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Fire Season Roars to Life in Central Africa

Fire Season Roars to Life in Central Africa

The fire season in central Africa roared to life in the first week of May. When the Moderate Resolution Imaging Spectroradiometer (MODIS) on NASA’s Aqua satellite passed over the region on the afternoon of May 6, 2004, it captured this image along with nearly 4,000 fire detections (marked in yellow) in southern Democratic Republic of Congo (top right) and northern Angola (bottom left).

Each year, the region experiences widespread agricultural burning (for example, pasture renewal and land clearing.) The widespread nature of the fires pictured here and the time of year suggest that the fires are being set intentionally for agricultural purposes. Though not necessarily immediately hazardous, such large-scale burning can have a strong impact on weather, climate, human health, and natural resources.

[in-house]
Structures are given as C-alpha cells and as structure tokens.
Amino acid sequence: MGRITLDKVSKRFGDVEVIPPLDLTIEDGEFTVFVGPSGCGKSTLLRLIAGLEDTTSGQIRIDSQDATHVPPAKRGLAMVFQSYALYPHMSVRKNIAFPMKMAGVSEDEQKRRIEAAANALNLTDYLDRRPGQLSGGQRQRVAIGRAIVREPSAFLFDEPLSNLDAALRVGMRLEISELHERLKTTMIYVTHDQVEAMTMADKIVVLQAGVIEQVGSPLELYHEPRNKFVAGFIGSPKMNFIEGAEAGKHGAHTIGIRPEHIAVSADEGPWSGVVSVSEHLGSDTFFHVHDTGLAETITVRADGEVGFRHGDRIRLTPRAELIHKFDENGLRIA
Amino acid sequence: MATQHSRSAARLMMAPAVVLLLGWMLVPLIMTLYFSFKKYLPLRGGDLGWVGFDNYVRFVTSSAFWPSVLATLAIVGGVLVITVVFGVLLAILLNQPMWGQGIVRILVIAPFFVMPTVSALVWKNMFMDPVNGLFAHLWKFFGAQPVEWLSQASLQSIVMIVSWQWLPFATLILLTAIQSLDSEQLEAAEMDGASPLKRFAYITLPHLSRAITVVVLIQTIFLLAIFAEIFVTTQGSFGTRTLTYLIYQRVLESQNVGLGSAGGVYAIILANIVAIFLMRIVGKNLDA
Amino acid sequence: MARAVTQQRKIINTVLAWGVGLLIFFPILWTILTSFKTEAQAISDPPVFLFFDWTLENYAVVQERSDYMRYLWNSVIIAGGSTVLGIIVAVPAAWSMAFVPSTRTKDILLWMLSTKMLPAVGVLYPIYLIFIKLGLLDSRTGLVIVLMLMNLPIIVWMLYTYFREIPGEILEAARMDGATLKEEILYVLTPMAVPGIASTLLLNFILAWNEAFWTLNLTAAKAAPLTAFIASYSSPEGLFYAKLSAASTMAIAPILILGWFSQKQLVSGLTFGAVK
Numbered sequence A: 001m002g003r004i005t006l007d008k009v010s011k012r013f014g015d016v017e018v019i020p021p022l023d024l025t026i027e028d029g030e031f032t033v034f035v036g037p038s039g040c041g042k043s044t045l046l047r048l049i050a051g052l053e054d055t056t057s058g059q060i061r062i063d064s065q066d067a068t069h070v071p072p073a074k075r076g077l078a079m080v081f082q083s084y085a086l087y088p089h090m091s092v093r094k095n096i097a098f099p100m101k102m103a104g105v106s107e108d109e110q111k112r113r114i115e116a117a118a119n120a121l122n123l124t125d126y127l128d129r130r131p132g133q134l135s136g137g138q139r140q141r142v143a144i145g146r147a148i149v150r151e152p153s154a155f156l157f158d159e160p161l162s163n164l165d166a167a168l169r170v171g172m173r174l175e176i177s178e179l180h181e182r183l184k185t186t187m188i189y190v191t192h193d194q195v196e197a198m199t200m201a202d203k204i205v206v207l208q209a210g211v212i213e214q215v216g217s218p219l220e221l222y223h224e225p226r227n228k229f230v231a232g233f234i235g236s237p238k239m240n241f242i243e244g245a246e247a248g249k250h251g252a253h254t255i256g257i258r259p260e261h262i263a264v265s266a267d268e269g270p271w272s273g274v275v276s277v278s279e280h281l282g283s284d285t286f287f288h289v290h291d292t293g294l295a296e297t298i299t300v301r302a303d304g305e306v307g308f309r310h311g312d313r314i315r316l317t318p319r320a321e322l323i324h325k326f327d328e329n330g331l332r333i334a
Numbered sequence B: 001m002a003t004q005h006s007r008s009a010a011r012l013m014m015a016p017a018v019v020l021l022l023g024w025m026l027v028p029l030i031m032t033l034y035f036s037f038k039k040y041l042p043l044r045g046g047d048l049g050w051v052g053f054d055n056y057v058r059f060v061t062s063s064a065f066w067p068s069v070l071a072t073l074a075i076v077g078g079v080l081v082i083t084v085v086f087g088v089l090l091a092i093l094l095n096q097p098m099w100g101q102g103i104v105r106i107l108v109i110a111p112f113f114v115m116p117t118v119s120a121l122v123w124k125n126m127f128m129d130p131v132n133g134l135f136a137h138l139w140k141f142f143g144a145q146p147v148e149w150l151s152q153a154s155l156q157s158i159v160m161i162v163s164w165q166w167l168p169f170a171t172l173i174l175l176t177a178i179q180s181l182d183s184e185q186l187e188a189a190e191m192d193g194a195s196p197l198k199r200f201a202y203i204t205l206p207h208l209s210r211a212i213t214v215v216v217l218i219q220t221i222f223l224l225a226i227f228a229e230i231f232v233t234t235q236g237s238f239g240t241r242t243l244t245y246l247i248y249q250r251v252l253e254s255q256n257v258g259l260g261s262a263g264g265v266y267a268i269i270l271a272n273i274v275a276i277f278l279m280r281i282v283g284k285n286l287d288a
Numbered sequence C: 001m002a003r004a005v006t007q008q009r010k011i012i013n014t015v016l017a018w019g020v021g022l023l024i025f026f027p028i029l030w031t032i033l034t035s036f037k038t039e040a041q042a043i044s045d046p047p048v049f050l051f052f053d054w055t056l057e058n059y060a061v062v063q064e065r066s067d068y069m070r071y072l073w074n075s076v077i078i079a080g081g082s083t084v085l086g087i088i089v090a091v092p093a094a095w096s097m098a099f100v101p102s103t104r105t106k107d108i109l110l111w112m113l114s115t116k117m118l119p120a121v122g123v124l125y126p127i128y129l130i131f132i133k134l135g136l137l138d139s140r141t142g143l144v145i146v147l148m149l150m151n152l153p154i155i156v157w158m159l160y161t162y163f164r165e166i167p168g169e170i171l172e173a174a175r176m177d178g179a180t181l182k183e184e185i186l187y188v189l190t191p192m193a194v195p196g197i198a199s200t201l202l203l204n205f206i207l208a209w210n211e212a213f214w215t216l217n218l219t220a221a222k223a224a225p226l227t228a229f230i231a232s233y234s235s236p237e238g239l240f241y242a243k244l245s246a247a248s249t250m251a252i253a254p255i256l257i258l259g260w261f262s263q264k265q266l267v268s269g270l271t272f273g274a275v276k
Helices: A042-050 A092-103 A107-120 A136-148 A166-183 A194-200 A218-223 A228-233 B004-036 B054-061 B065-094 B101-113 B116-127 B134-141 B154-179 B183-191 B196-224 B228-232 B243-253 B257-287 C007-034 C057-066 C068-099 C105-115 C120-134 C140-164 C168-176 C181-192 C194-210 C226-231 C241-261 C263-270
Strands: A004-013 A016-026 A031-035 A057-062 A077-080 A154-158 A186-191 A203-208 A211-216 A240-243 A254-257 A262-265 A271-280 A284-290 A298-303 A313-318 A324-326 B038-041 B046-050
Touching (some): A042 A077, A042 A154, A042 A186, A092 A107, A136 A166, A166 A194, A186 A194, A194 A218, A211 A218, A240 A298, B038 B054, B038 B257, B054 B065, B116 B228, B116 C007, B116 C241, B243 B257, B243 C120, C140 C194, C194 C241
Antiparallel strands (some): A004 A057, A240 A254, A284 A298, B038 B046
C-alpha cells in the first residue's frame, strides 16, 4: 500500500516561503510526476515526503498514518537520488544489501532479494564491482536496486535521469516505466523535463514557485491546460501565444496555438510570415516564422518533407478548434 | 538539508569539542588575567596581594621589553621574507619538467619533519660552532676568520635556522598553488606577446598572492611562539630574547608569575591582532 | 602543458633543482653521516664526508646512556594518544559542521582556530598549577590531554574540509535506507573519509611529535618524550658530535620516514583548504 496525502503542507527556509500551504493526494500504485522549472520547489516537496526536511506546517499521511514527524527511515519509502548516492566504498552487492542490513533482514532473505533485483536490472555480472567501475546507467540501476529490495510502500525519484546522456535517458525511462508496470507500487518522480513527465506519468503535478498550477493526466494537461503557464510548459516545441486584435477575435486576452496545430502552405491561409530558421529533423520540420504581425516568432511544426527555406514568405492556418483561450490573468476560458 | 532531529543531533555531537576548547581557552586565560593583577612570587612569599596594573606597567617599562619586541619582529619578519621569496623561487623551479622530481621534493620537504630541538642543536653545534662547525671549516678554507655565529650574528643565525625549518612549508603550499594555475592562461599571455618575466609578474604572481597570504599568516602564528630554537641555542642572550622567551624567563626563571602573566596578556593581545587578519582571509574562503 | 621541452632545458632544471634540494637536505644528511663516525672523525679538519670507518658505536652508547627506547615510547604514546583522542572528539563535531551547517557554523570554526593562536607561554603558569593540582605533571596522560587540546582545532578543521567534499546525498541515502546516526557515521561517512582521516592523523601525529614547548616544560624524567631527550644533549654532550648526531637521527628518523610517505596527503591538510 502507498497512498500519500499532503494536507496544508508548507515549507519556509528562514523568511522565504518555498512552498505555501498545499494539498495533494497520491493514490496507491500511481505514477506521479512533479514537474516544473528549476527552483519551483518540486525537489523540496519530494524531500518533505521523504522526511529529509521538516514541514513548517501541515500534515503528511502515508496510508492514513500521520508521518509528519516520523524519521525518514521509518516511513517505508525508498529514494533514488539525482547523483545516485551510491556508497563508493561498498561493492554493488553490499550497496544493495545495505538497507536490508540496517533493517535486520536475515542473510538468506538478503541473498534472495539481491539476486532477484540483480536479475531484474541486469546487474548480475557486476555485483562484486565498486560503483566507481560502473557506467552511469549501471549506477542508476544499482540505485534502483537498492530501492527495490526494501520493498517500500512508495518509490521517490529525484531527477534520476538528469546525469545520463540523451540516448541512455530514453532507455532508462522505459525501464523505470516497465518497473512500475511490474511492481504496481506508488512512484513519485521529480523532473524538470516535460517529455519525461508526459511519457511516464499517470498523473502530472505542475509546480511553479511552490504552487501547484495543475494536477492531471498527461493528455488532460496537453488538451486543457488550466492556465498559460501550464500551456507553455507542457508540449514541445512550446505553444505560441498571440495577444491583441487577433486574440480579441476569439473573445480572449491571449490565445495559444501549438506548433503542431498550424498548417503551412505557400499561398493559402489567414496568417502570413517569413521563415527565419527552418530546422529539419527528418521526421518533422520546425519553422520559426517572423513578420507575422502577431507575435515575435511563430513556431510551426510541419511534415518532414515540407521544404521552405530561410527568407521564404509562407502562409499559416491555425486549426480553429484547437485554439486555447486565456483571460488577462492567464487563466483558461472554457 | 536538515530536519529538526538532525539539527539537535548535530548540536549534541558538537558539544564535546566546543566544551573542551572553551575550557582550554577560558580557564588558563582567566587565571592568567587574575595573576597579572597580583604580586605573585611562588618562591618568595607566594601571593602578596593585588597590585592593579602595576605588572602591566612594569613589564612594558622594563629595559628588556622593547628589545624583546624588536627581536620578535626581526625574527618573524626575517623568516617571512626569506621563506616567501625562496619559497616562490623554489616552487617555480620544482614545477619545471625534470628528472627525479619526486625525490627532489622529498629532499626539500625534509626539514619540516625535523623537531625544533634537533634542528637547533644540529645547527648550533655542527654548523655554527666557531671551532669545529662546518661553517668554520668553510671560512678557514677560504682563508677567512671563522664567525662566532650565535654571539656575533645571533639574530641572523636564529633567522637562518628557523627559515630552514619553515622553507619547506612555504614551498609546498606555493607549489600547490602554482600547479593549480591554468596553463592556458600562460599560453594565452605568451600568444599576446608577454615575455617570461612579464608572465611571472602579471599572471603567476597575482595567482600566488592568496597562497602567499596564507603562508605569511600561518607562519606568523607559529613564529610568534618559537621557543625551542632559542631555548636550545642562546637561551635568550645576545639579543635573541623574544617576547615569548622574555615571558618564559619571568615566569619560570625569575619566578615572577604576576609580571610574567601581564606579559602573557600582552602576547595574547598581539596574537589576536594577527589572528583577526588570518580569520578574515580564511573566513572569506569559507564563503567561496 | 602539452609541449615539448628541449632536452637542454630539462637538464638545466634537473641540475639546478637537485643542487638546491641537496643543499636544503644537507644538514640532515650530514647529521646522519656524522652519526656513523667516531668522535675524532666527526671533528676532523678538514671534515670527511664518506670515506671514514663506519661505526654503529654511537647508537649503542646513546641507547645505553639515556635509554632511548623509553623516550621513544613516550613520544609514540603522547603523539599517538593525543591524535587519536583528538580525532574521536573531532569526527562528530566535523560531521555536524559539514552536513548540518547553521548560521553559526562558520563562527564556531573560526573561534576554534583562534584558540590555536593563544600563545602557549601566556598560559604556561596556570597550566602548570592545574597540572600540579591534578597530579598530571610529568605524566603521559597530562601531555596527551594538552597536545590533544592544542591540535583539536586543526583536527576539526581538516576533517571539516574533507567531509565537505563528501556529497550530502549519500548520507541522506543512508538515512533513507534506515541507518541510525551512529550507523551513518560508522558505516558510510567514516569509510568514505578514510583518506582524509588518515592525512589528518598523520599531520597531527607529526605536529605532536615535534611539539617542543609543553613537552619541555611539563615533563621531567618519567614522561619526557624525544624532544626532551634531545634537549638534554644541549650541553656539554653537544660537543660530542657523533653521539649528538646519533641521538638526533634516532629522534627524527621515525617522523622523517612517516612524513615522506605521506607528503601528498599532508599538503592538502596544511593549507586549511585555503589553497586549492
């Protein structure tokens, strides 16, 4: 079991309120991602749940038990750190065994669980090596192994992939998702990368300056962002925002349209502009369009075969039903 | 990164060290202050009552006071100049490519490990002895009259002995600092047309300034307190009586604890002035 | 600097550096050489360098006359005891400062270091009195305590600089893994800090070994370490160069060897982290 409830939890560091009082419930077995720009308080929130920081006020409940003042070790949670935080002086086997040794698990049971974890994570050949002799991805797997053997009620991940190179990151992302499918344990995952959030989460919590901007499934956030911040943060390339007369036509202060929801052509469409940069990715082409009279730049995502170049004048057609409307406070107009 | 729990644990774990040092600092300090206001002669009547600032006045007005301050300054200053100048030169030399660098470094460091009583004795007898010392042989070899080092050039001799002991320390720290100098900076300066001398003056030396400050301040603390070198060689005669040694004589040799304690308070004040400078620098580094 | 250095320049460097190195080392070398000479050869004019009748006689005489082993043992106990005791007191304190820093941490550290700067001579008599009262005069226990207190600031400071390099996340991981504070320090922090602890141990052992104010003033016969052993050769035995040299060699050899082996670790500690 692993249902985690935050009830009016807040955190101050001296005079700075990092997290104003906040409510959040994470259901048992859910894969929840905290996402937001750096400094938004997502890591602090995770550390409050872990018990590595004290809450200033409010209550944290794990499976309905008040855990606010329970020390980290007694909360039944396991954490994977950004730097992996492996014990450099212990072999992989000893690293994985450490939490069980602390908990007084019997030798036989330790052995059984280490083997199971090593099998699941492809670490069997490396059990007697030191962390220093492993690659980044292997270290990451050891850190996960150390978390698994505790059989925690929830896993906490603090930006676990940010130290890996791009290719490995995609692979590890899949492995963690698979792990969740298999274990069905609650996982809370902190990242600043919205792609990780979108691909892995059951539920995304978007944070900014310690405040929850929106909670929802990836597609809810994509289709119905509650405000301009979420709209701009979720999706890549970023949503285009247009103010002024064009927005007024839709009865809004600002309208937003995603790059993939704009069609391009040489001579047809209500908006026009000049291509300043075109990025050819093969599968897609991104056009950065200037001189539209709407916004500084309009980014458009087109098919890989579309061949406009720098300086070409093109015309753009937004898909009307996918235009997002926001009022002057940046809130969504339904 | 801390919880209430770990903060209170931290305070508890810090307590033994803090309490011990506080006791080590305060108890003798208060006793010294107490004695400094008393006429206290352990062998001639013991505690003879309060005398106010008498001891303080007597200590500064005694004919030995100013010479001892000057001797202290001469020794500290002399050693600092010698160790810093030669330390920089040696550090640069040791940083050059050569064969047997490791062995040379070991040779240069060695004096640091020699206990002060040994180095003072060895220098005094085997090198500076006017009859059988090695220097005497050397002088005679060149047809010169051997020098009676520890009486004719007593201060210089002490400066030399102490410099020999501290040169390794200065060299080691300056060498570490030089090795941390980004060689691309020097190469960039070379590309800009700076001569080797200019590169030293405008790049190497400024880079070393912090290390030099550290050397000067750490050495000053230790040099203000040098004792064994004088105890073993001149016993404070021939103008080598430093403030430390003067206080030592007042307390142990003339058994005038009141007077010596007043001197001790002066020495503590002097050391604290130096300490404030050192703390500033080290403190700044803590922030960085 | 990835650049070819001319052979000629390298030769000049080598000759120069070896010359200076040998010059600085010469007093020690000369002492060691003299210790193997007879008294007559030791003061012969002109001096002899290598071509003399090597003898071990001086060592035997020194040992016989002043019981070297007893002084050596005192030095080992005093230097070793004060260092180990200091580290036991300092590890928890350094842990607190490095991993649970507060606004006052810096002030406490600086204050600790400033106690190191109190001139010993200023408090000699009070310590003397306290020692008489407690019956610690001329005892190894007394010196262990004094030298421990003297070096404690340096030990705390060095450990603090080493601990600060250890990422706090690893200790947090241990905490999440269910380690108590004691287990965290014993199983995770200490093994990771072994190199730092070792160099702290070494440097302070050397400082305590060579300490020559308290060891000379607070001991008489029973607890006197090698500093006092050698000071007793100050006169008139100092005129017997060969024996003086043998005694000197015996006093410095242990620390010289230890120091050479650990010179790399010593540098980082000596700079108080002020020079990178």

The high-resolution image provided above is 500 meters per pixel. The MODIS Rapid Response System provides this image at additional resolutions.

To read more about the role and impact of fire in Africa’s savannas and grasslands, read Savanna Smog.

Image courtesy Jacques Descloitres, MODIS Rapid Response Team, NASA-Goddard Space Flight Center